Yesterday, Vonage announced its Q3 earnings, and the results are mixed. Am not going to get into a detailed discussion, but basically the results can be interpreted to validate anybody's point of view - which I find very interesting in itself.
For the legions of Vonage-bashers, it's very easy to point to how the patent settlements have depleted their cash, how subscriber growth is tailing off, how churn is alarmingly high, customer acquisition costs are still out of sight, customer service is a not doing its job, and how the recently enacted VoIP number portability regulations are going to drive their churn even higher. All of this is true, and I could go on, but you get the idea.
Well, call me an eternal optimist, but you can take a lot of good news away from this as well. Namely, how their losses have dropped substantially to only $1 million in Q3 (factoring out the patent settlements), ARPU is up (only slightly, but it's going in the right direction), revenues are up 30% (if you're keeping score, folks, Vonage is on pace to have $1 billion in revenues in 2008 - what's wrong with that???), the subscriber base is well north of 2 million, the AT&T damages can be paid over 5 years, marketing expenses are coming down, and best of all, the worst seems to be over on the litigation front. Hopefully.
Perhaps the best news is that despite all these challenges, Vonage is still standing, and at current performance levels, the business is almost self-sustaining. This basic sentiment was reflected in the stock price which jumped from about $2.10 to about $2.70 on the news. That said, the pricing eased off over the course of the trading day, and closed around $2.30 today.
All told, the company is still very much on the ropes, but I think they at least have a fighting chance now. Of most concern to me is VoIP number portability, which is just coming into effect now. That's going to make it much easier now for unhappy VoIP subscribers to pick up and go elsewhere, whether it be to their cableco or even back to their incumbent telco. SunRocket didn't have this luxury, which left a bad taste in a lot of subscriber's mouths.
The other major concern is that their cash position is getting precariously low. As mentioned, if they can stay the course, they shouldn't need to draw this down too much, and hopefully start building it up again. But, if churn doesn't come down, they'll need to burn cash, and their current levels won't last very long. In that scenario, they'll be in trouble for sure. And of course, new patent suits could come out of the woodwork, and the cablecos won't be going away. Attracting new subscribers will only get harder, not easier, and in my mind, Vonage needs to focus more on retaining their base and making it profitable than on growing the base. I suspect that most of the VoIP adds that cablecos are winning are coming at the expense of the telcos, and not the VoIP pure plays like Vonage.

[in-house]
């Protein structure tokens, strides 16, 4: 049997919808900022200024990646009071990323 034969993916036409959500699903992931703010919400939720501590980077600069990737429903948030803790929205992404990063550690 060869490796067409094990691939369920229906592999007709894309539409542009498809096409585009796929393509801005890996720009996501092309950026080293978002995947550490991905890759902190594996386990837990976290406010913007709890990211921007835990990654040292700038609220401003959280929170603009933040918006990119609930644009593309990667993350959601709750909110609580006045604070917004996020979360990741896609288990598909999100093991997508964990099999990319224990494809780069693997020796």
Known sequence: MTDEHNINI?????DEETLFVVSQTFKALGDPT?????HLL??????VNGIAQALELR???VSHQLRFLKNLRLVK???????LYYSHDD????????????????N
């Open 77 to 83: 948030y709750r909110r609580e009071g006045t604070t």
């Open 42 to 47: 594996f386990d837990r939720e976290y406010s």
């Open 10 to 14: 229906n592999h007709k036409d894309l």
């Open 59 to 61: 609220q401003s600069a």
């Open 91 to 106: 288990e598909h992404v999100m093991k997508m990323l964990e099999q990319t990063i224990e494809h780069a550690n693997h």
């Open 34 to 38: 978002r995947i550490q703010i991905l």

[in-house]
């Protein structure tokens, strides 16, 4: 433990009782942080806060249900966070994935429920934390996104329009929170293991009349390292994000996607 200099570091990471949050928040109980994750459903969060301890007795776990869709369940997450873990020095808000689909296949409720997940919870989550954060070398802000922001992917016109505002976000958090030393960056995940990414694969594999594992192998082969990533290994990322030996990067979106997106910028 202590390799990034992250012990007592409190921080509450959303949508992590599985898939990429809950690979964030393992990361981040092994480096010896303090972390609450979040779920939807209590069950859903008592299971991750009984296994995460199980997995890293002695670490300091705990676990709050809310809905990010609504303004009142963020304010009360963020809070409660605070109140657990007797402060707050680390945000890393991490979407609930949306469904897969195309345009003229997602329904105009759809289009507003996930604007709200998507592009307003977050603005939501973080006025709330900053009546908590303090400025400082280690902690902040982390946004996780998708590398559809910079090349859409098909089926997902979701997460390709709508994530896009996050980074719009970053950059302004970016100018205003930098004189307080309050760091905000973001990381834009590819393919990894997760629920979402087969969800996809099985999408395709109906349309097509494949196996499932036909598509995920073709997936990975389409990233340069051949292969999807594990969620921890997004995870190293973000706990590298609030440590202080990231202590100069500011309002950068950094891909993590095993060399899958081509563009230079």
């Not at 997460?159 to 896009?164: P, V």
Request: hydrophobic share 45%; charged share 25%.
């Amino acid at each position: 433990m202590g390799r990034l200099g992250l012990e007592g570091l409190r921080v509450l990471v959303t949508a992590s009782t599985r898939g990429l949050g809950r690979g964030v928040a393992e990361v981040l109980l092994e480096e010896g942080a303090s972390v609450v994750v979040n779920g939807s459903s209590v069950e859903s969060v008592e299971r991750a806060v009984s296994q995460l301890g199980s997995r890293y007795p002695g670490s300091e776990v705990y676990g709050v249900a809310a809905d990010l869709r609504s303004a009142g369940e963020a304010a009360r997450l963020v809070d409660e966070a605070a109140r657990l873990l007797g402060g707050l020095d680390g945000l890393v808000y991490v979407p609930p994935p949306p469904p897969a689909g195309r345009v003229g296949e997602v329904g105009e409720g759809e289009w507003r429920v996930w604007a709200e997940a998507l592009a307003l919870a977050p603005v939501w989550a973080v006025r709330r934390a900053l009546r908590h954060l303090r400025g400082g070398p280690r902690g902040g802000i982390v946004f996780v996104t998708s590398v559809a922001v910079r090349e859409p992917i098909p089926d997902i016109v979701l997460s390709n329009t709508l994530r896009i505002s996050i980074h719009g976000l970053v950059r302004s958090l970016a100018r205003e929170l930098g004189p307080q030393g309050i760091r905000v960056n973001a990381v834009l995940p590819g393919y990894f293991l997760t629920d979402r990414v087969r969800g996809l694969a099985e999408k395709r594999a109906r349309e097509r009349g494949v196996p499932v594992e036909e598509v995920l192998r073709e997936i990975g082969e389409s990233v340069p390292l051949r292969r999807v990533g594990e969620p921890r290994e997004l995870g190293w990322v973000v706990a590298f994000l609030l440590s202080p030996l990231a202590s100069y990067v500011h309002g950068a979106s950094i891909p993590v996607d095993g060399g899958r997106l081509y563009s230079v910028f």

To me, the path of least resistance would be to protect what you have instead of competing against Goliath for incremental gains. The low hanging fruit is gone, and the competition is much tougher now, especially now that the VoIP pure plays are pretty much out of the game except for Vonage.
The mainstream media has covered this fairly well, and Business Week was nice enough to cite me in their coverage today.
Aside from the business press coverage, though, Vonage's news didn't attract much attention in the blogosphere. Am not really surprised, though, and this is another interesting facet to the story.
In my view, Vonage is a non-starter for people following this space closely. It's all bad news, the company is a hopeless money-loser with a broken business model and is living on borrowed time. They have a 1.0 service in a 1.5/2.0 world, and are fighting a losing battle. Etc., etc. There is truth to all of this, but at the same time, it's actually a good thing that Vonage is flying under the radar now. They've managed to survive a lot of adversity for now, and the less negative attention, the better.
For me, the next quarter will determine if they have a future, especially for getting churn down. This is the time for them to restore trust and confidence with their subscribers, and that's where I'd be spending my money right now. There is enough good news in the Q3 numbers to tell/sell a good story to both subscribers and the market, and if faith can be restored, I think they have a fighting chance.
I may be a lonely voice for a company that most people have written off, but c'mon, if Vonage cannot provide an alternative to the bundle, then who can? If they can somehow get their mojo back when everybody loved them, I think they can turn this David/Goliath thing to their advantage again. The little engine that could...
Technorati tags: Vonage, Jon Arnold, VoIP, Business Week